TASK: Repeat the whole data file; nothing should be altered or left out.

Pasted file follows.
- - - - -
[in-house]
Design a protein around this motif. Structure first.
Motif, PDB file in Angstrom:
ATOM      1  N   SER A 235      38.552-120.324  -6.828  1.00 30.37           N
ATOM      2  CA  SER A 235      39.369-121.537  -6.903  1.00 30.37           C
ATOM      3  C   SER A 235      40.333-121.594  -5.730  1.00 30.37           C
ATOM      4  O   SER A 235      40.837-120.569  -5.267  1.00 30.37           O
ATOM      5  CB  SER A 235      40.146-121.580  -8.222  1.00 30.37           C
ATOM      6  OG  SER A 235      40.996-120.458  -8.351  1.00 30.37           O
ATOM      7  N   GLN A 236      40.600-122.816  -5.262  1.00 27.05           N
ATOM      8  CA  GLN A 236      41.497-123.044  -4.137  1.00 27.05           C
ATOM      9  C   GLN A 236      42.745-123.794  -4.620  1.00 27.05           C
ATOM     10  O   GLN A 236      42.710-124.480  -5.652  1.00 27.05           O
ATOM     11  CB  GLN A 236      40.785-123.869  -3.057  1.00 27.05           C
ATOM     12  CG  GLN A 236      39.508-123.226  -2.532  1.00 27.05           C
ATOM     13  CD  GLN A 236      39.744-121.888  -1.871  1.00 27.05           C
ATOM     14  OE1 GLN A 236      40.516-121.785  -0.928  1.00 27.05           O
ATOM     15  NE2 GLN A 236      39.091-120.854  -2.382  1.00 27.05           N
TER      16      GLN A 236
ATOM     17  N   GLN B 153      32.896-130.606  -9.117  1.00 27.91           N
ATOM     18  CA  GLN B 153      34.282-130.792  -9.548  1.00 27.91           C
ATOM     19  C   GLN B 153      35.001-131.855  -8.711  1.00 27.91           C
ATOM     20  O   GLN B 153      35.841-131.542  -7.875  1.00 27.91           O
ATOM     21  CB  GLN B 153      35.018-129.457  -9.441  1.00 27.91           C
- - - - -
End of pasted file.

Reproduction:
[in-house]
Design a protein around this motif. Structure first.
Motif, PDB file in Angstrom:
ATOM      1  N   SER A 235      38.552-120.324  -6.828  1.00 30.37           N
ATOM      2  CA  SER A 235      39.369-121.537  -6.903  1.00 30.37           C
ATOM      3  C   SER A 235      40.333-121.594  -5.730  1.00 30.37           C
ATOM      4  O   SER A 235      40.837-120.569  -5.267  1.00 30.37           O
ATOM      5  CB  SER A 235      40.146-121.580  -8.222  1.00 30.37           C
ATOM      6  OG  SER A 235      40.996-120.458  -8.351  1.00 30.37           O
ATOM      7  N   GLN A 236      40.600-122.816  -5.262  1.00 27.05           N
ATOM      8  CA  GLN A 236      41.497-123.044  -4.137  1.00 27.05           C
ATOM      9  C   GLN A 236      42.745-123.794  -4.620  1.00 27.05           C
ATOM     10  O   GLN A 236      42.710-124.480  -5.652  1.00 27.05           O
ATOM     11  CB  GLN A 236      40.785-123.869  -3.057  1.00 27.05           C
ATOM     12  CG  GLN A 236      39.508-123.226  -2.532  1.00 27.05           C
ATOM     13  CD  GLN A 236      39.744-121.888  -1.871  1.00 27.05           C
ATOM     14  OE1 GLN A 236      40.516-121.785  -0.928  1.00 27.05           O
ATOM     15  NE2 GLN A 236      39.091-120.854  -2.382  1.00 27.05           N
TER      16      GLN A 236
ATOM     17  N   GLN B 153      32.896-130.606  -9.117  1.00 27.91           N
ATOM     18  CA  GLN B 153      34.282-130.792  -9.548  1.00 27.91           C
ATOM     19  C   GLN B 153      35.001-131.855  -8.711  1.00 27.91           C
ATOM     20  O   GLN B 153      35.841-131.542  -7.875  1.00 27.91           O
ATOM     21  CB  GLN B 153      35.018-129.457  -9.441  1.00 27.91           C